Book burning, Bundsarchives.

Can you imagine, rightfully, if these protest were directed at any other group or any other population? If someone burned a pride flag and attacked openly gay students for being gay? If people shouted that they don’t hate Muslims, just Muslims who are from X country, and it was treated as acceptable discourse? If Black people were being prevented, by human chain, from entering campuses? If a Russian or Chinese professor was not allowed onto campus because the University could no longer guarantee his or her safety from the mob?

I’m someone who has long lived my life in academic settings; I’ve done 12 additional years of post-secondary education, and I spend my life teaching. I love school. School is the holy altar I worship upon, books the roots that tether me to the earth. Learning is the root of love and life and the future, and yet, so many of our most learned institutions are coming down with a bad case of the antisemites. And, I’ll admit, this is somewhat problematic for someone whose Jewish identity was formed in a university classroom, as it wasn’t until university that I met, and fell in love with, real life Jews. And now, what do those same university halls ring with? “Israel is committing genocide;” “Israeli apartheid;” “Zionist power;” “Globalize the Intifada”; “intifada revolution is the [final] solution” etc. How can people not be influenced to believe the worst of us, if, absent context or actual evidence, people feel free to describe us thus? [Also, for the record, when did Zionist become a dirty word? Last time I checked, all Zionist means is those who believe in the Jewish right of self-determination and freedom. So you don’t like what the Israeli state has done? Get in line. Also, I don’t like what Russia is doing, or China is doing, or what the US does sometimes, or France, or Germany, or the UK, or Canada, but do you ever see people suggesting en masse that that means that those states should no longer exist and their people exiled? If you think that the Jewish state should be disbanded because you don’t like the government, but you don’t apply that to any other country in the world, check your double-standards.]

So what happens when the war end and there are two million un-genocided (not a word) Palestinians? Are we still ‘guilty’ of genocide? What happens when the war ends and Israel is involved in some way in the rebuilding of Gaza? Are we settler colonialists again then? What happens to Jewish students on campus when the war is over, but the hate remains? Because there’s no closing this Pandora’s box.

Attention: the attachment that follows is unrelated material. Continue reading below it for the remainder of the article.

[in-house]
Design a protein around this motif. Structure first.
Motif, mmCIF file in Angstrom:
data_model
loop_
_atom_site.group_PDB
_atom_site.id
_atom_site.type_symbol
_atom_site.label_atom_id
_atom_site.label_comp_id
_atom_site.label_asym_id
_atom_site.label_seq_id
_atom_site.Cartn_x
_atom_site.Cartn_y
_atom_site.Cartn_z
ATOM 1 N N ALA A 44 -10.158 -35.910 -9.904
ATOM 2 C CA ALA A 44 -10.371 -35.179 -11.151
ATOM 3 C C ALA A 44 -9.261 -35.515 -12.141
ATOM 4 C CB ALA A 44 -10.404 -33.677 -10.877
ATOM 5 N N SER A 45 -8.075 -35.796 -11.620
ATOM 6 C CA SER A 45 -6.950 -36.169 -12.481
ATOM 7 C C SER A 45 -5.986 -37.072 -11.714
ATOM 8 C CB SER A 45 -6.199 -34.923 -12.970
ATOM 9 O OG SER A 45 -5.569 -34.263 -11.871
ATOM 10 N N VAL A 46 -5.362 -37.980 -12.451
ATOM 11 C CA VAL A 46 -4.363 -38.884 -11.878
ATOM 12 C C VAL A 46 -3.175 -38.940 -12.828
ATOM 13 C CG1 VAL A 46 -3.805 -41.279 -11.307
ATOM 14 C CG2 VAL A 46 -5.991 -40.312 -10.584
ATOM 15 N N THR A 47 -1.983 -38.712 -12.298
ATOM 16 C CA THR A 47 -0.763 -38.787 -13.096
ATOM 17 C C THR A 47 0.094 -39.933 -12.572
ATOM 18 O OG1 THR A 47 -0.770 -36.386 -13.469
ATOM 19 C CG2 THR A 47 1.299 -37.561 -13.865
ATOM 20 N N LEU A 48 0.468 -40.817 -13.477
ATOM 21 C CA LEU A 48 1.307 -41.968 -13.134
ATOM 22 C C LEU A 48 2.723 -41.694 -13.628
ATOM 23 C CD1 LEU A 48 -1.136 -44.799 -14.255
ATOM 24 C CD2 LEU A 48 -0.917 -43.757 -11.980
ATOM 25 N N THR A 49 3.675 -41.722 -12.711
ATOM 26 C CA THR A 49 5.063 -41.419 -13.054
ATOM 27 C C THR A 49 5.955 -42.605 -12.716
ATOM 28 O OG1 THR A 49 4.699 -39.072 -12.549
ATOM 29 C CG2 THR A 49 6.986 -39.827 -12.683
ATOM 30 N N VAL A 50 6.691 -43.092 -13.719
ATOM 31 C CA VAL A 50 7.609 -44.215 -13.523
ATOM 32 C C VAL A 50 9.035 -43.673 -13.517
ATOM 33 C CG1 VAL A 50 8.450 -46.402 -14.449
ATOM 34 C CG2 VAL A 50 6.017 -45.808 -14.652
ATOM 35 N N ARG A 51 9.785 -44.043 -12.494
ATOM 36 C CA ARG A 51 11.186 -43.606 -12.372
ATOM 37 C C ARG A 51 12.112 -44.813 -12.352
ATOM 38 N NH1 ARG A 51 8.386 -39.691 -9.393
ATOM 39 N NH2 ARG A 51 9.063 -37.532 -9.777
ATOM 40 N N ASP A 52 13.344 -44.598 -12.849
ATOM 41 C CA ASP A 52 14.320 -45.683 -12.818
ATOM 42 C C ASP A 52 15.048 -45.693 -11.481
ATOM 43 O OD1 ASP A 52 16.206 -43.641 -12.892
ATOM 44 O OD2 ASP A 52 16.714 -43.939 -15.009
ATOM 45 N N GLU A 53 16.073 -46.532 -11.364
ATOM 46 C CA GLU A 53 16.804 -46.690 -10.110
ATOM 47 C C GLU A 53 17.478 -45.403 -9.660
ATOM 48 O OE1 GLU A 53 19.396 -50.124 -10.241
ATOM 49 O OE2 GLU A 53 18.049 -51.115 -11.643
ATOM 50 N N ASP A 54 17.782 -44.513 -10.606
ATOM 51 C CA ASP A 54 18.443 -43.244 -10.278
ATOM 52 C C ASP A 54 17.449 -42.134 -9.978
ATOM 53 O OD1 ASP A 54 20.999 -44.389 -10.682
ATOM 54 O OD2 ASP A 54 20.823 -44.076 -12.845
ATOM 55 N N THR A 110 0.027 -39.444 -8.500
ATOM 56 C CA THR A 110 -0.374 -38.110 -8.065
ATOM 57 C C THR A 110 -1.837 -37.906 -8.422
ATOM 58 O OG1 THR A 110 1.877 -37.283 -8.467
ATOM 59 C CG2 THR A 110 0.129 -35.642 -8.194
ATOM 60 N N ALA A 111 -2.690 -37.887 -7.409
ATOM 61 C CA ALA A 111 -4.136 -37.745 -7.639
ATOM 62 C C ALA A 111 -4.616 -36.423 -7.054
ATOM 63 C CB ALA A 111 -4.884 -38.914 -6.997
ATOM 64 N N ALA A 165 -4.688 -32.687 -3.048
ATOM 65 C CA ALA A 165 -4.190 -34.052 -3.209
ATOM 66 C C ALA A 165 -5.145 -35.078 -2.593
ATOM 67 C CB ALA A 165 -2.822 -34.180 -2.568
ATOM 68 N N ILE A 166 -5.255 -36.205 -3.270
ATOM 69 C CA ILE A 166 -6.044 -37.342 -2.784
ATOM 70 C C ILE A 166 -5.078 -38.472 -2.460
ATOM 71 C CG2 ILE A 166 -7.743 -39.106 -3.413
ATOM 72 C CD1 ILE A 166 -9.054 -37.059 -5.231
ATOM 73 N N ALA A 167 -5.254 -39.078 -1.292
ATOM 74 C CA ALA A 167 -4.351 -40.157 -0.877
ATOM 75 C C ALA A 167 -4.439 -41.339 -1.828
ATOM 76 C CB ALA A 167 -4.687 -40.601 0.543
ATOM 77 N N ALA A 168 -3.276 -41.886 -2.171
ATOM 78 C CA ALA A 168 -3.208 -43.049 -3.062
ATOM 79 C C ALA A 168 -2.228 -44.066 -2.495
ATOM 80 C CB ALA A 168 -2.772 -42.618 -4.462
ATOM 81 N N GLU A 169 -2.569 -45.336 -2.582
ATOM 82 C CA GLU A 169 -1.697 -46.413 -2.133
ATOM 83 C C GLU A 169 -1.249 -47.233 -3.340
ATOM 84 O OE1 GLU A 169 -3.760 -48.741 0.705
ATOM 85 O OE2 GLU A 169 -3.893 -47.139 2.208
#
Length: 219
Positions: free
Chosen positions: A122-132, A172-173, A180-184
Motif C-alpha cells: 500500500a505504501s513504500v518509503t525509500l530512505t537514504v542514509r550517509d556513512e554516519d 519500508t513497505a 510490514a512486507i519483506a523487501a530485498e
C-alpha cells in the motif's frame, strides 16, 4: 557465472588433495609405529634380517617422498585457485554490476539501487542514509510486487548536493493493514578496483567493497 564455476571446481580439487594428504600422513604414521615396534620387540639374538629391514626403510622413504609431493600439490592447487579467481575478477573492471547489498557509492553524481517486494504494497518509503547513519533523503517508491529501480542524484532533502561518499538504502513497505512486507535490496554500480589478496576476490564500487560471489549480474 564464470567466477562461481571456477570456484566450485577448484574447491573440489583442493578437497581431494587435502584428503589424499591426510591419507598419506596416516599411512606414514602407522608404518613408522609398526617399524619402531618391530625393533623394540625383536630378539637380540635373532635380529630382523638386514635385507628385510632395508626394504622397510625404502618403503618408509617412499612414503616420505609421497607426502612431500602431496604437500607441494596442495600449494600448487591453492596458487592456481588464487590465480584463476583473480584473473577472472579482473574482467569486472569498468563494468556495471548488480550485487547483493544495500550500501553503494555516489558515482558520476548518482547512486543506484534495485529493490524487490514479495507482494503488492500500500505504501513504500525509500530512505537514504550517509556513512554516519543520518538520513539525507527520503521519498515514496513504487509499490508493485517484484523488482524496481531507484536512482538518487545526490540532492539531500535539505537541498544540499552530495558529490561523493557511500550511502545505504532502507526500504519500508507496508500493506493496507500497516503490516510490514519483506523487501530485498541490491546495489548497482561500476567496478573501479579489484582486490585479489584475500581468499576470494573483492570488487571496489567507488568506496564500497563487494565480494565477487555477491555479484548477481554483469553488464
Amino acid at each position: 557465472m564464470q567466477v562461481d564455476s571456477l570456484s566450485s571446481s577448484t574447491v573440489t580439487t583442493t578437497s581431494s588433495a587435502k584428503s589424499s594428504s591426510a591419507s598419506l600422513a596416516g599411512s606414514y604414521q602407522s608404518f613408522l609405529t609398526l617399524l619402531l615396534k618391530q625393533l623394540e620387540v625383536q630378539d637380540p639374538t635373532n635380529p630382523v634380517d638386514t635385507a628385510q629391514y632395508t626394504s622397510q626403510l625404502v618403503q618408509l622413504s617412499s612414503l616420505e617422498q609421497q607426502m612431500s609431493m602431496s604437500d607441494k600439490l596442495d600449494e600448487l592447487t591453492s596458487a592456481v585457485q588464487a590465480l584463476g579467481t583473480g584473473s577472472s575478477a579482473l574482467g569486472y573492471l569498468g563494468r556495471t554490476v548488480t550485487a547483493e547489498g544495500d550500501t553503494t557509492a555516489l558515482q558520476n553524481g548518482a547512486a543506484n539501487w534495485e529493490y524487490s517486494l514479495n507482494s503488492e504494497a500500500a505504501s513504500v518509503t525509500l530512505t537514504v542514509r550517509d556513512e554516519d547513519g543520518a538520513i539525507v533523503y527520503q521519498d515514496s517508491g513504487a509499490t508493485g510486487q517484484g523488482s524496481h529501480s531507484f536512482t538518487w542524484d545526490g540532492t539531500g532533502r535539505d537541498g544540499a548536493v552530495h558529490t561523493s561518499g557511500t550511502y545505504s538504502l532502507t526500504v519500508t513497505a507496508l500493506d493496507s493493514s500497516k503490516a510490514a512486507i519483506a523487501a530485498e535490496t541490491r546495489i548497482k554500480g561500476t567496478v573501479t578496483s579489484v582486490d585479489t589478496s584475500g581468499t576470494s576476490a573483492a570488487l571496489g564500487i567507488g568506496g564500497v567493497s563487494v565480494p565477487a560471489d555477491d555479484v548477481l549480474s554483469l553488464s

So here we are. In 2017, a mob stormed UVA in Charlottesville, and publicly proclaimed that the reckoning of the Jews was coming; I remember watching it in shock. In the past seven years, that kind of talk has apparently become acceptable — except this time, it’s also found its way into the mob that was fighting the neo-Nazis at Charlottesville too. So now we have the protestors and the counter-protestors agreeing with each other, on one thing at least — that it’s the Jews’ fault (whatever it is). And if universities legitimize the voices of those who call for the destruction of a sovereign state — but only the one — and tell Jewish students that they cannot provide security for them, then what are the outcomes of that? University campuses, these arenas that are supposed to be hotbeds of diversity and expression, of intellect  and challenge, bow to the mob. Universities open late transfer windows to Jewish students who need to leave. And the mob gets to pat themselves on the back for declaring their university Judenfrei. 

At this rate, the next major congressional hearing about Jews at universities will end with a Nazi salute — or maybe a Hezbollah one. TBD.

About the Author
Dr. Alexandria Fanjoy Silver has a B.A. from Queen's University, an MA/ MA from Brandeis and a PhD from the University of Toronto (all in history and education). She lives in Toronto with her husband and three children, and works at TanenbaumCHAT as a Jewish history teacher.